September 1, 1998
Sandwiched between the Joy Theater and the new Deming Pavilion residence hall sits a regal Italian Renaissance-style edifice that has survived more than eight decades in a block where few structures of its time remain.
The grand old building, 127 Elk Place, is now part of Tulane's medical center complex. An historical landmark, 127 Elk Place was designed by local architects Toledano, Wogan and Bernard in 1917 for the Benevolent and Protective Order of Elks and was built at a cost of $500,000.
The five-floor building sports most of its original fagade, although subsequent occupants, including Gulf Oil Company and Hibernia Bank, have altered the interior extensively. The city now owns the building and Tulane subleases it from Hibernia bank, says Ray Newman, vice chancellor for administration and finance.
"We finalized the lease in September of last year," Newman says. "Hibernia put a lot of money into renovating the building, so we tried to take advantage of the work they had already done."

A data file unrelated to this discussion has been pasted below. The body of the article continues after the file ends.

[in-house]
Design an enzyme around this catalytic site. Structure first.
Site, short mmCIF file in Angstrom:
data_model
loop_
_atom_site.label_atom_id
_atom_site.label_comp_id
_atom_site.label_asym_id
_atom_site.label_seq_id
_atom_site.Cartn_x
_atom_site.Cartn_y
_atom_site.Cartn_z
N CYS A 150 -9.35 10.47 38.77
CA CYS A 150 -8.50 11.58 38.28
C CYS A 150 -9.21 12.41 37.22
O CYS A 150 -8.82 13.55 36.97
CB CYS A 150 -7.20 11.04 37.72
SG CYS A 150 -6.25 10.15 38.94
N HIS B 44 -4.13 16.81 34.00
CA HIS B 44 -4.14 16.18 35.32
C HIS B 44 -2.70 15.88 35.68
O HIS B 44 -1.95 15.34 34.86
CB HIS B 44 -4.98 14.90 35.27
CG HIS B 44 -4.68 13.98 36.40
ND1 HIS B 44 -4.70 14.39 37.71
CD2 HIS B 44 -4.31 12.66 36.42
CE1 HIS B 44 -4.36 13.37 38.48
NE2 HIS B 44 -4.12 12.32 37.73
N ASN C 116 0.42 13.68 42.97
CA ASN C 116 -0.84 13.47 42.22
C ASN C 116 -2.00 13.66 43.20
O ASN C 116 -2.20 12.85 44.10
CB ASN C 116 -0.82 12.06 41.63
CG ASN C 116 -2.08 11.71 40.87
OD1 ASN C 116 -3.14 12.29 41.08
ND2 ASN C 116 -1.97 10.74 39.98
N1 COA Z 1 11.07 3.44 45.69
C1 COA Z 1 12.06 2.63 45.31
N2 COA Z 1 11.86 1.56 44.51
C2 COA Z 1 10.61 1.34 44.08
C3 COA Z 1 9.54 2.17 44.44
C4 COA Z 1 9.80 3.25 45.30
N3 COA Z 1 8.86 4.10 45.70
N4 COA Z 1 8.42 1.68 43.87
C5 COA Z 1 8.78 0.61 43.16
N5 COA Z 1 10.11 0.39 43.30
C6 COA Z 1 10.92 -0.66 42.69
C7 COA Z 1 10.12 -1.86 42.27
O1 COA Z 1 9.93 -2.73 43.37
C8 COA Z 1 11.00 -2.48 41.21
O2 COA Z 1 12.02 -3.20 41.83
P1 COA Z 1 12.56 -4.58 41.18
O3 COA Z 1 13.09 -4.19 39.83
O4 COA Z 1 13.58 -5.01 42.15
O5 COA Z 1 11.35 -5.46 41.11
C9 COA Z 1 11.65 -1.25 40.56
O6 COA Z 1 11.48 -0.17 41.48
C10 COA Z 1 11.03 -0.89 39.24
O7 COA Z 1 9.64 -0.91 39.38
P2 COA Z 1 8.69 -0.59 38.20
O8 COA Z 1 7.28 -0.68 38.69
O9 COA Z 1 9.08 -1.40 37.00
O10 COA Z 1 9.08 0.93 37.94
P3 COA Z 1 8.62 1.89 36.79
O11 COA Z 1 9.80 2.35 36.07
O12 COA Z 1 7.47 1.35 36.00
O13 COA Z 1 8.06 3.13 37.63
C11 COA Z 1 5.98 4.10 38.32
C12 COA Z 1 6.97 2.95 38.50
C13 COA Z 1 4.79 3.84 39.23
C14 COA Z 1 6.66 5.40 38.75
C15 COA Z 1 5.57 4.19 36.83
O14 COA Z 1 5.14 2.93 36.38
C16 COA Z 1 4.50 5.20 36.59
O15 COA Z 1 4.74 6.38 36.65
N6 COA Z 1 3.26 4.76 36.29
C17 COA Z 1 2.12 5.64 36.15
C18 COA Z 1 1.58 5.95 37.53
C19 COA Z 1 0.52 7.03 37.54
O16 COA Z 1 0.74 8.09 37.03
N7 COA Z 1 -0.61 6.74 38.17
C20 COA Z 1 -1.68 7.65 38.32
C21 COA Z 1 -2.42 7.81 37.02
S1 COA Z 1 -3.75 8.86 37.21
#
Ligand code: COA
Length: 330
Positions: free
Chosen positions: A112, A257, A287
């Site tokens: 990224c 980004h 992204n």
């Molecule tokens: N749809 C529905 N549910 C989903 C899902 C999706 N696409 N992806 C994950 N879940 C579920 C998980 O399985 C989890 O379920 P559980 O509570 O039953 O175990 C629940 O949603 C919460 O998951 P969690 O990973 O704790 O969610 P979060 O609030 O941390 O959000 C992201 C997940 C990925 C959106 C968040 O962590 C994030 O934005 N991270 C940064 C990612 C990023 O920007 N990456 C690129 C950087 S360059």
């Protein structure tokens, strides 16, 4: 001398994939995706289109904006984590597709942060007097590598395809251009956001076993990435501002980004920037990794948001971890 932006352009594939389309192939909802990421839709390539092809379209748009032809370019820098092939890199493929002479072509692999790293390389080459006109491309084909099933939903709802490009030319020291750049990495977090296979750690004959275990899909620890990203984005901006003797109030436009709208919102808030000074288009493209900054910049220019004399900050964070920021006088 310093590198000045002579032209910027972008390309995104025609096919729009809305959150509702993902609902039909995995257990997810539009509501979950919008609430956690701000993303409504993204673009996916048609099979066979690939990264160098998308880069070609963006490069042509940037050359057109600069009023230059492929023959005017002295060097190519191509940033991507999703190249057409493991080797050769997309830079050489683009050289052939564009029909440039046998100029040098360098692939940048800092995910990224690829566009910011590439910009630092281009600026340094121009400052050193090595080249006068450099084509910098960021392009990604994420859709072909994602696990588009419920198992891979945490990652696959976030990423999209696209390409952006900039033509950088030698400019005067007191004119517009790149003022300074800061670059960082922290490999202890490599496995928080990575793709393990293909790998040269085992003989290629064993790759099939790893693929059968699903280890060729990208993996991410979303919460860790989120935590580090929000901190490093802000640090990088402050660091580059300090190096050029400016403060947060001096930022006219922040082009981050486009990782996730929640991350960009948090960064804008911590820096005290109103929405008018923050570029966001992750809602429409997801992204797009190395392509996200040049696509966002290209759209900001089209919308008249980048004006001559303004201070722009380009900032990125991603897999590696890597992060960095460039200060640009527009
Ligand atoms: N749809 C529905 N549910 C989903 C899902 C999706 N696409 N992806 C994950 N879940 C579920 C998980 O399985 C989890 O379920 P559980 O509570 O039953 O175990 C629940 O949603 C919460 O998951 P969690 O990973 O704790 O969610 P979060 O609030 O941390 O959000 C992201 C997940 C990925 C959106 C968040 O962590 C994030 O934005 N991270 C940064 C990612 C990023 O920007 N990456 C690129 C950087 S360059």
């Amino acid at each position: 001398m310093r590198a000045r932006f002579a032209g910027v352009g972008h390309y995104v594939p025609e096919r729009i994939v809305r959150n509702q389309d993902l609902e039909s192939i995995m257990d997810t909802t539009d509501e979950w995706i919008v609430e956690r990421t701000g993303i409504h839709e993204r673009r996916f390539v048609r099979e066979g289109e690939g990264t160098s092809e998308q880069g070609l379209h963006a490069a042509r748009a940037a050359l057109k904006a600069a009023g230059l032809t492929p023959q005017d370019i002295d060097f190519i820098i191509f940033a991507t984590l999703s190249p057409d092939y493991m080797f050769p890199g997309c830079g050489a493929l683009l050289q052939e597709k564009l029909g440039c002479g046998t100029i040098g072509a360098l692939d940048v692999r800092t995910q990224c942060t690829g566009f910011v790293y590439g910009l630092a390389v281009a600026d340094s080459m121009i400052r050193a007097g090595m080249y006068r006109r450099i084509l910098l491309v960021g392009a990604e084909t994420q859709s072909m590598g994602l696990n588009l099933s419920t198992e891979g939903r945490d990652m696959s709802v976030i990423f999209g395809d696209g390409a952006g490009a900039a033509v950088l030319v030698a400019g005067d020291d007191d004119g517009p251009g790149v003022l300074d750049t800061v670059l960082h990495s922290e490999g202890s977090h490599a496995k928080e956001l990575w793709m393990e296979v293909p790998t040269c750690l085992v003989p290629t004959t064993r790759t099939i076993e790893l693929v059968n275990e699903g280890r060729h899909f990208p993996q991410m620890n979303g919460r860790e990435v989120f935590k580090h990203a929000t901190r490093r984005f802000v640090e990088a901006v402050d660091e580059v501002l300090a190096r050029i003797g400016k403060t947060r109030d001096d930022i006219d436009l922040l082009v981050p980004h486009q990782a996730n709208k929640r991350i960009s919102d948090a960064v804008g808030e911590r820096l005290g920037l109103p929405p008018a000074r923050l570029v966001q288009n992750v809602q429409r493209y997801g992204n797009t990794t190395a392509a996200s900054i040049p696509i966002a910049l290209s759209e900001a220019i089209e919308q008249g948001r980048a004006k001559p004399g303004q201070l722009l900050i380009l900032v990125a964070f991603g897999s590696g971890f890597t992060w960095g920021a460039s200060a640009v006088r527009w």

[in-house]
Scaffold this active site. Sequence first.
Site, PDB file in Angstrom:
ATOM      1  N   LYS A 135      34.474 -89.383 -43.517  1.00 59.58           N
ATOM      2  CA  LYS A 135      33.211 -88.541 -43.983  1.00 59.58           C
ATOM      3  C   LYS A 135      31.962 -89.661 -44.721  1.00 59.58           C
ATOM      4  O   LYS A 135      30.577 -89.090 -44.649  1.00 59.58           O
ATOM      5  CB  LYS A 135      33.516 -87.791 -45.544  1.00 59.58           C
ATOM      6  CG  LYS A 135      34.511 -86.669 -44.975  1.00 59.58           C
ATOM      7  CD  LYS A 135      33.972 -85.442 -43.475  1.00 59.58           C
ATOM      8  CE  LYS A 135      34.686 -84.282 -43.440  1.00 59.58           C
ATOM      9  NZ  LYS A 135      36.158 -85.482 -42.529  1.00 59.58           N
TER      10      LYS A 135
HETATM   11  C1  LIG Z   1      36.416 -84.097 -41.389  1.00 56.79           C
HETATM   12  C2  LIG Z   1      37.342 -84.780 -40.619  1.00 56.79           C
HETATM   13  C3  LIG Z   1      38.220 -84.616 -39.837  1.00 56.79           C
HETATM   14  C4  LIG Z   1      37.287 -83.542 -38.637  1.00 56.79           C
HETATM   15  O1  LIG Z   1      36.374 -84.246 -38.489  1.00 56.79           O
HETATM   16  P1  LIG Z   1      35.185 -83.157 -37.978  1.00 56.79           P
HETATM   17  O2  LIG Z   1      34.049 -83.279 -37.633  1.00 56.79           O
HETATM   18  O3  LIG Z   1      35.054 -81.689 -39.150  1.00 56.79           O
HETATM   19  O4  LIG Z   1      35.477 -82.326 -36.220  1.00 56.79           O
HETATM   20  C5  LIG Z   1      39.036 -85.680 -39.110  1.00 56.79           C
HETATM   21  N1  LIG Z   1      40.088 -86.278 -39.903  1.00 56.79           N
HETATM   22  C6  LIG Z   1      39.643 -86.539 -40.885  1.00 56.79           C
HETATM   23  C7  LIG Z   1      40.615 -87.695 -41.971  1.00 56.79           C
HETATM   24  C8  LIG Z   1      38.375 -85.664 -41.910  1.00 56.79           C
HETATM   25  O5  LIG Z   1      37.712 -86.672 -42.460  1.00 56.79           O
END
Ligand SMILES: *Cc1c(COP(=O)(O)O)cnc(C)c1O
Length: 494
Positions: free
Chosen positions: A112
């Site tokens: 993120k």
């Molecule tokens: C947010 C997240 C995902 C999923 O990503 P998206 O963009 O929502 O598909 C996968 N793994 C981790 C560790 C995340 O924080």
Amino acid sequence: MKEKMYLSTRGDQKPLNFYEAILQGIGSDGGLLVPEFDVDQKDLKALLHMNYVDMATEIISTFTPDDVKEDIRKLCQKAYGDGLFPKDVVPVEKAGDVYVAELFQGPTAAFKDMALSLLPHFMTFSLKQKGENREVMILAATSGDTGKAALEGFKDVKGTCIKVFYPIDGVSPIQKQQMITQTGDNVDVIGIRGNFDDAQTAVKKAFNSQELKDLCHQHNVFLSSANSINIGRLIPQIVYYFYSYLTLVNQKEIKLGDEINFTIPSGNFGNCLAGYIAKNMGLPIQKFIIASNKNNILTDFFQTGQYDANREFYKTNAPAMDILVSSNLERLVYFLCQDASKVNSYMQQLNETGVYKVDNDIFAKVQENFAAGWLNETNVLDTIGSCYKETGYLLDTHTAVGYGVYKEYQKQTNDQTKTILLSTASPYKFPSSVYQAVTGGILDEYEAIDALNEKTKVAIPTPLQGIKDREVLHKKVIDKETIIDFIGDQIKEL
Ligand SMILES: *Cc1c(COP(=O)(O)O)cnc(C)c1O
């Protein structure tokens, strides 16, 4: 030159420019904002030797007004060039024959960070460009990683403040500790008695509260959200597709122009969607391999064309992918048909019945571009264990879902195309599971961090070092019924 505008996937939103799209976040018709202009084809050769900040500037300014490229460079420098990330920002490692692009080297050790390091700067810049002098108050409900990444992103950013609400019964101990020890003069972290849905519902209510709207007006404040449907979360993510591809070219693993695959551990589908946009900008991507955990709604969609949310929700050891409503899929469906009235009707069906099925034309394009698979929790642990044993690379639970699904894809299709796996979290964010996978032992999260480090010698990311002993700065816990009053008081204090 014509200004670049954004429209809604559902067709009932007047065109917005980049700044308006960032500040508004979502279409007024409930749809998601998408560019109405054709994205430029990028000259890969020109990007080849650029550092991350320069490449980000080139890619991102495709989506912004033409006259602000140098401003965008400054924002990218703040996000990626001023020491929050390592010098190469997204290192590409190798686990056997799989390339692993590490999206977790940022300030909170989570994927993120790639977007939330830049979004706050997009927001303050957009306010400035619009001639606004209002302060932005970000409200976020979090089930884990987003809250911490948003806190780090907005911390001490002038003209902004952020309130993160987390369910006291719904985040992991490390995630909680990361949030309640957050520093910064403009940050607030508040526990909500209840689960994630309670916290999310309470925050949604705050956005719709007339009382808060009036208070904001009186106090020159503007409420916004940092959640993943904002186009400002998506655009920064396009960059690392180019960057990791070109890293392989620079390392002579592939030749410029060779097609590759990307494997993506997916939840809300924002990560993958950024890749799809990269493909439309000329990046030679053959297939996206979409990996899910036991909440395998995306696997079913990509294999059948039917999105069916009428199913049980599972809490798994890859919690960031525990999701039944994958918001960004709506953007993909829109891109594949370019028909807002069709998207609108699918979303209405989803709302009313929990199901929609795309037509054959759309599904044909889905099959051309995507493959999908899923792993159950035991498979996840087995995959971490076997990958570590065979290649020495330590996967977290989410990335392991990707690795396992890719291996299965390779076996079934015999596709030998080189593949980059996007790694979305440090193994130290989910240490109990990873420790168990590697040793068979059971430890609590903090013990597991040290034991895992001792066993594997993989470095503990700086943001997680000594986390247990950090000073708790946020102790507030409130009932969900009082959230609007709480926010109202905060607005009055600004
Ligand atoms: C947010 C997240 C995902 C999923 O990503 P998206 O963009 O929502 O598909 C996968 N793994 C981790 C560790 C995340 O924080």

Kidopolis, the childcare center for children of medical center employees and other workers in the Central Business District, moved into the building's first floor in January. In late spring and early summer, the rest of the occupants moved in--the offices of grants and contracts, financial services, payroll, accounts payable and medical center informatics on the second floor and human resources and materials management on the fourth floor.
The hospital and clinic will move some offices onto the third floor later this year, Newman says. One new tenant, Frank Currie, director of medical center human resources, raves over his office's new location. "We have much more room for our files and it makes it easier to access employee records," Currie says.
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